When I pulled up to the Lehigh Valley Heritage Center in Allentown, I thought for a minute that I was in the wrong place. The large, modern building didn’t seem to jive with the typical historical society museum in Pennsylvania, which is usually in a historic building of some sort.
In fact, of all the historical society museums that I’ve visited in Pennsylvania, I’d have to say that, from the outside, the Lehigh Valley Heritage Center was definitely one of the most impressive I’ve been to. However, I admit that, as I walked in, I was worried that the museum wouldn’t stack up to many of the others in the state since it lacked a historic location.
Despite being called the Lehigh Valley Heritage Center, the museum only chronicles the history of Lehigh County, without much, if any, information about the other half of the Lehigh Valley, Northampton County. If you’re looking for information about Northampton County, you can find information at the Sigal Museum in Easton.
I started my tour of the museum with a quick peek in their impressive events room before heading upstairs.
The first thing I noticed was a large number of items related to Abraham Lincoln, despite there being no local connection to the 16th President. This was the first of several exhibits that had little to do with the Lehigh Valley, but the collection of items related to Lincoln was impressive and would certainly be of interest to anyone wanting to know more about him.
At the top of the stairs is the first exhibit related to Lehigh County: The Lehigh Valley Hall of Fame. While it’s little more than a photo with a bit of description about the person, I really found this section to be interesting.
There are a surprising number of well-known people from this part of Pennsylvania, and it was interesting to read a bit about them. Too often, historical societies only focus on the past, forgetting that history is being made today, and it was refreshing to see some information on recent people from the area making a name for themselves.
Moving into the actual exhibits, the museum starts with a small bit of information about the Lenape Indians that once inhabited the area, before quickly moving onto information about the German heritage in the region. One very cool artifact in this area is an original map of the county from 1862. As someone who loves maps, it was really interesting to see what the county looked like over 150 years ago.
Much of the museum consists of information about local industry and the history of how the area developed over the years. However, I was very interested in the museum’s large World War 1 section, which actually took up more room than all the other wars combined.
This is interesting simply because very few historical society museums in Pennsylvania have more than a handful of items related to the Great War. And, most historical society museums focus on World War 2 or the Civil War. I’m not entirely sure why they have such a large World War 1 collection, but I found it quite interesting to check out.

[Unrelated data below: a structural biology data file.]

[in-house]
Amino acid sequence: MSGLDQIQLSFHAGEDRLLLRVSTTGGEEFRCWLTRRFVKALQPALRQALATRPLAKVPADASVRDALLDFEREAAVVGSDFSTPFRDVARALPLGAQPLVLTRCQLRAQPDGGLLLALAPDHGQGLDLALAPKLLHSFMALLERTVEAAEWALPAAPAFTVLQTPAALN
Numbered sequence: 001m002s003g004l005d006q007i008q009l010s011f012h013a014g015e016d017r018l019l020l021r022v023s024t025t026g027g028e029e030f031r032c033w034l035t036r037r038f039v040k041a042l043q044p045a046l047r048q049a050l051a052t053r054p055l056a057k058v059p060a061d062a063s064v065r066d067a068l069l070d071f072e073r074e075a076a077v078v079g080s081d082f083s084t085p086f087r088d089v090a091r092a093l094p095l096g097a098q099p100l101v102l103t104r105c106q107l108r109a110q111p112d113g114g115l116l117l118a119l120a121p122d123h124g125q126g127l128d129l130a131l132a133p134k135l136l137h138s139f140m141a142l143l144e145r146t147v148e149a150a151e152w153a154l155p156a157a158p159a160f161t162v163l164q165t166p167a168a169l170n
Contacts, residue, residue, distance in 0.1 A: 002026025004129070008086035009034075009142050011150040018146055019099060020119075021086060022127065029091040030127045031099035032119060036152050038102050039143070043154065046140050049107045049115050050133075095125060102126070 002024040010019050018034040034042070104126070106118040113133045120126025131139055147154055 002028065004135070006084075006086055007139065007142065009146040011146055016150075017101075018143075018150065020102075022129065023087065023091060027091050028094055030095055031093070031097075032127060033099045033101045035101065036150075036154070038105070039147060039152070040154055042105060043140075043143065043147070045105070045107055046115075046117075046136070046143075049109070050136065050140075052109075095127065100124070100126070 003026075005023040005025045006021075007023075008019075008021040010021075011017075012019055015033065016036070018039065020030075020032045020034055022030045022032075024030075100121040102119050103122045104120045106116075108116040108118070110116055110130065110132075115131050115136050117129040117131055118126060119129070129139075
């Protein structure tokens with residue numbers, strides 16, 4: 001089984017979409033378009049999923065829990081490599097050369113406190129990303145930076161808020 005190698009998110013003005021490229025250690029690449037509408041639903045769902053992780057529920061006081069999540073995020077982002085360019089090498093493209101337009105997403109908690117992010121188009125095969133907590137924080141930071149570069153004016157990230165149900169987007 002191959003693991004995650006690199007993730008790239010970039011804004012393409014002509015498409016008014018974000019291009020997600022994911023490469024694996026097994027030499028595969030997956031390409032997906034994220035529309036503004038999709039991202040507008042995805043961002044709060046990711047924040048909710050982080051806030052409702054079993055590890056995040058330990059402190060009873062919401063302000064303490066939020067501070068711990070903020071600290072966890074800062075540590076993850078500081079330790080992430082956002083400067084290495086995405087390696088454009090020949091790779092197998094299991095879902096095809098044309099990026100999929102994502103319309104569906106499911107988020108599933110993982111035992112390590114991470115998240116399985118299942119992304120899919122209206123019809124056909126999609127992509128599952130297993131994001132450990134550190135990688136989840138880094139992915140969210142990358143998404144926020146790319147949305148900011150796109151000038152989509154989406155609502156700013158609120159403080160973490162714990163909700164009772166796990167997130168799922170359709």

The other large exhibition area features information about the Revolutionary War. While interesting and well done, it very lightly covers the whole war, without any context as to how the war affected Lehigh County. However, make sure to see the awesome mural in the room, which was painted by a local artist.
Another display not to miss is tucked away in the corner of the second-floor balcony next to the Revolutionary War room. In a small display case is a collection of old banknotes that were issued by local banks in the area. While this was a common practice several hundred years ago, it’s rare to see local banknotes in a historical society museum.
The museum will also soon feature the collection of the Liberty Bell Museum, which closed in April 2023. This is a fabulous collection and story, and I’m excited that it will continue to live on at the Lehigh Valley Heritage Center.
Not having spent much time in the Lehigh Valley, I came into my visit at the Lehigh Valley Heritage Center not knowing much about the area’s history. However, I found the museum to be a great overview of the region and how it was developed.
If I had one criticism of the Lehigh Valley Heritage Center, it’s that they spend a bit too much space on subjects that have little to nothing to do with the Lehigh Valley. However, these displays are well done and are interesting, so it’s hard to be too critical of them. It just would have been nice to have seen more information about the history of Lehigh County.
If you are looking for more information about the county, the Lehigh County Historical Society does manage six historic sites around the county. These include the 18th century building known as Trout Hall that sits right next to the Heritage Center. Most of these sites have summer hours.
As with nearly all historical societies, the Lehigh Valley Heritage Center is also home to a very large library, which includes historical and genealogical information for the county.
Overall, I definitely enjoyed my visit to the Lehigh Valley Heritage Center. While it might be nice to see a bit more focus on local history, it is a fantastic destination for anyone interested in learning more about the history of Lehigh County, Pennsylvania.
Note: My visit to the Lehigh Valley Heritage Center was hosted by the museum. However, the opinions expressed in this article are my own.
Explore more of the Lehigh Valley’s history and culture at America on Wheels, the Allentown Art Museum, and the Moravian Historical Society.
Lehigh Valley Heritage Center
Hours: Tuesday-Saturday: 10am-4pm
Cost: Adults: $8, Children: $3
Address: 432 West Walnut Street
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Learning new things about my hometown.